Taking Back Our Food From Corporations

Posted on Feb 22 2010 - 5:41am by Mike Lieberman

Day 28: Harvested My Own Vegetables
Not sure if it’s me or the crowd that I keep, but it seems like a food revolution has started. People are starting to take food back from corporations.

This is one of the reasons that I started to garden. I wanted to get back in touch with my food. I feel that America has lost its connection with food for business and corporate reasons.

The fact that gardening on my fire escape allows me to harvest my meals so that I can trace my produce from fire escape to table still amazes me.

There are no words that can explain the joy that goes into growing, harvesting and eating your own produce. Food is the fuel that energizes and nourishes our bodies. Somehow we’ve given that responsibility to someone else.

By starting to garden, I’m taking that responsibility on myself. Being in an urban environment hasn’t stopped me and it hasn’t seemed to stop others as well. Urban gardens and farms are in the news more and more lately.

Stacey Murphy founded BK Farmyards as a decentralized urban farming network in Brooklyn.

BK Farmyards puts the farmers in consumers back in touch, cutting out the middle man. They help to transform people’s backyards into farms. The residents pay for the farmers to tend to the land and make it bountiful and get to keep some of the produce. Those without land to farm on can pay for the produce that is harvested in their neighbors yards.

New York isn’t the only urban area that is getting into the gardening and farming. In South Florida there are lots of gardens and farms starting to pop-up.

The reason that they are starting is the same – people are looking for more locally grown produce that they grew on their own.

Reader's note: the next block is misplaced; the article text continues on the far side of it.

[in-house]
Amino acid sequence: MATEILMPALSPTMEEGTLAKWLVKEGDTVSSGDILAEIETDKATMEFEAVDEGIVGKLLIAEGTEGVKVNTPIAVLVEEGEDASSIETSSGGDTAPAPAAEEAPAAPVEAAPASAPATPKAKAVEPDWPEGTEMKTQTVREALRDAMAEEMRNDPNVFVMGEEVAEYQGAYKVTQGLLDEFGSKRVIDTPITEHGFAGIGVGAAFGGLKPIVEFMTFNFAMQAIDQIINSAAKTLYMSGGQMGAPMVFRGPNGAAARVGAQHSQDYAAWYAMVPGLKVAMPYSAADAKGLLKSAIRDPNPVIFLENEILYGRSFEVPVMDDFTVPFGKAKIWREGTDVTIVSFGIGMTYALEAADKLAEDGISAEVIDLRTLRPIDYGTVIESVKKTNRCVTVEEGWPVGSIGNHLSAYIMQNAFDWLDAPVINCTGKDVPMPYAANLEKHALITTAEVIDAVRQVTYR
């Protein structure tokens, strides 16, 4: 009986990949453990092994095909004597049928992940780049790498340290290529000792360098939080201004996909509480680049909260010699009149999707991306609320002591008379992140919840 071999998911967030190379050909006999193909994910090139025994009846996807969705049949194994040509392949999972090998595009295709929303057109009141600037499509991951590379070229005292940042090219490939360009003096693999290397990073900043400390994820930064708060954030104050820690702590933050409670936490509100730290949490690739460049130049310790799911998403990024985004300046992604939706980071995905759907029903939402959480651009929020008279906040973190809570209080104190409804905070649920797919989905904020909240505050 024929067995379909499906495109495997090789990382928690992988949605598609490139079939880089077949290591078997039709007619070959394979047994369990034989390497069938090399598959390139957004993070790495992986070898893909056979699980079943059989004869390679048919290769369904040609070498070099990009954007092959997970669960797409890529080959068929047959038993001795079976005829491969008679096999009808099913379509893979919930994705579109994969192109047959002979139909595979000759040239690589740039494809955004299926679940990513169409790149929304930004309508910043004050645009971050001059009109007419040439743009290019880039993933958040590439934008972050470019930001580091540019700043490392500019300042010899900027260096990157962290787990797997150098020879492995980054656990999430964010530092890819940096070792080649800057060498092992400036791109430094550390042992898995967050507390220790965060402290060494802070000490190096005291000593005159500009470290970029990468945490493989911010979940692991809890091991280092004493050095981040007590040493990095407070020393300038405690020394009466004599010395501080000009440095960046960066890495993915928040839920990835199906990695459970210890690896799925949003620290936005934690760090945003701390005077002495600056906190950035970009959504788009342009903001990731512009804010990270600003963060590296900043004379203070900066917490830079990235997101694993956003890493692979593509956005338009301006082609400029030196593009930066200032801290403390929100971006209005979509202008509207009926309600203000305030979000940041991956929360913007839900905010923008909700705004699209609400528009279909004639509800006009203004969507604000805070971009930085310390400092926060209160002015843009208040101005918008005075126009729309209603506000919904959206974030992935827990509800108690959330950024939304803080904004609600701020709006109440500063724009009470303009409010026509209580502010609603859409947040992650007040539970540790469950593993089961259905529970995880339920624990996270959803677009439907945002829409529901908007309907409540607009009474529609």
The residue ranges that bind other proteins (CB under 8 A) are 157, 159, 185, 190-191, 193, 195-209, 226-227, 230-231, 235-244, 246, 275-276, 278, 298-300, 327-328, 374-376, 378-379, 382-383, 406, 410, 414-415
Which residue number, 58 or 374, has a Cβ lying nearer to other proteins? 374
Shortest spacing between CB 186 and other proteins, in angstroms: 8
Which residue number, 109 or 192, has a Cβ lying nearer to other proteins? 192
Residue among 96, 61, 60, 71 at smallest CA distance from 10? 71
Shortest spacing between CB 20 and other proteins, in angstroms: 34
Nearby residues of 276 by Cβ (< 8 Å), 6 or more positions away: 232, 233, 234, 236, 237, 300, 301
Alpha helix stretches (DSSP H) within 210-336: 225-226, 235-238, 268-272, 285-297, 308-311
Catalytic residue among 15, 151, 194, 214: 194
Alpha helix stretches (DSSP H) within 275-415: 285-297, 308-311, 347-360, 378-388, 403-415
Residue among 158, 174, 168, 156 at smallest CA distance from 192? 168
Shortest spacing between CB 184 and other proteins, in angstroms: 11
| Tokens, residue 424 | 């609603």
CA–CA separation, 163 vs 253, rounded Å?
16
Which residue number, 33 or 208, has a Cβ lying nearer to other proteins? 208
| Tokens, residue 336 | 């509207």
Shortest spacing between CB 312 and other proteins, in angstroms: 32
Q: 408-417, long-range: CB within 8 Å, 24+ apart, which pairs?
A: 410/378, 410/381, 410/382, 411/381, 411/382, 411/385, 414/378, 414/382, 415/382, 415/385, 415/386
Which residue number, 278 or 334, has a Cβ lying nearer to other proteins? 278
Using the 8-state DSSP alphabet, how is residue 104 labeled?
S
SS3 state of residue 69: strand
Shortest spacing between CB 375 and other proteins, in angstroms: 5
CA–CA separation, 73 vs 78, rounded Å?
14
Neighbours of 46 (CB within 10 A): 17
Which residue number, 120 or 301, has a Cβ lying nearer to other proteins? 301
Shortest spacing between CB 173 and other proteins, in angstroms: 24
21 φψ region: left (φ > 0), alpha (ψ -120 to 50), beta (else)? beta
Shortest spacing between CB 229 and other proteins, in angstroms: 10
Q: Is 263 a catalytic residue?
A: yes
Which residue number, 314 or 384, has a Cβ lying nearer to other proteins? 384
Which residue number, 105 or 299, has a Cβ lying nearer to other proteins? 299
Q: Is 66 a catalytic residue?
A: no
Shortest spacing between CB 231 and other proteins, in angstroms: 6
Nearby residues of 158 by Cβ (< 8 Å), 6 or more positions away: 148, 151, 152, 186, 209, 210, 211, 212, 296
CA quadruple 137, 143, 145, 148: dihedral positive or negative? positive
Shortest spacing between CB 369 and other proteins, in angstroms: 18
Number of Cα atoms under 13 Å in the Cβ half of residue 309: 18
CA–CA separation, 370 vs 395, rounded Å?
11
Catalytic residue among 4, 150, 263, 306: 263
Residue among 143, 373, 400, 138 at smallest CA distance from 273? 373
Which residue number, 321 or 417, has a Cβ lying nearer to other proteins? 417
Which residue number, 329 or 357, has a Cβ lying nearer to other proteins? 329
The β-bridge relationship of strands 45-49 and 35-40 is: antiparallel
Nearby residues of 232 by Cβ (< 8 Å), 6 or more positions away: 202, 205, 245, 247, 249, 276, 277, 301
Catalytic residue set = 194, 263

Mid-westerners factor urban farming and gardening into their plans for revitalization. Parts of western Pennsylvania and eastern Ohio have already started to move forward.

Grow Pittsburgh has the vision of, “Grow Pittsburgh envisions the day when growing and eating healthy, local food is commonplace. ”

Similar programs have started in Youngstown and Cleveland, Ohio with Akron not too far behind in the urban farming and gardening space.

The food revolution has begun. Are you on board?

  • canditaclayton

    I wished I lived closer so I could invite myself to dinner! You are definitely doing it right.

  • Mike Lieberman

    Haha. I got nothing growing right now. That'll change soon though.

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  • http://www.anotherkindofdrew.com/ andrewodom

    Although I live in a more rural setting and am able to garden more, grow more and expand into some livestock and poultry, I am just as amazed at being able to trace my food from its initial source to my table. Having learned to garden in Brooklyn (yes, I grew my first tomato right there in Bed-Stuy off the J line) I am completely taking back my food. I have quit buying produce from the local grocery (which does mean NO salad in January and most of February) and paying prices that exceed $1 per pepper. So, yeah, I am on board. I am actually working with the city part of my community to create a community garden space within the next 2 years that would allow anyone/everyone to manage their own 10' x 10' plot for only $20/season which includes the dirt, soil, compost and beginning seed packet.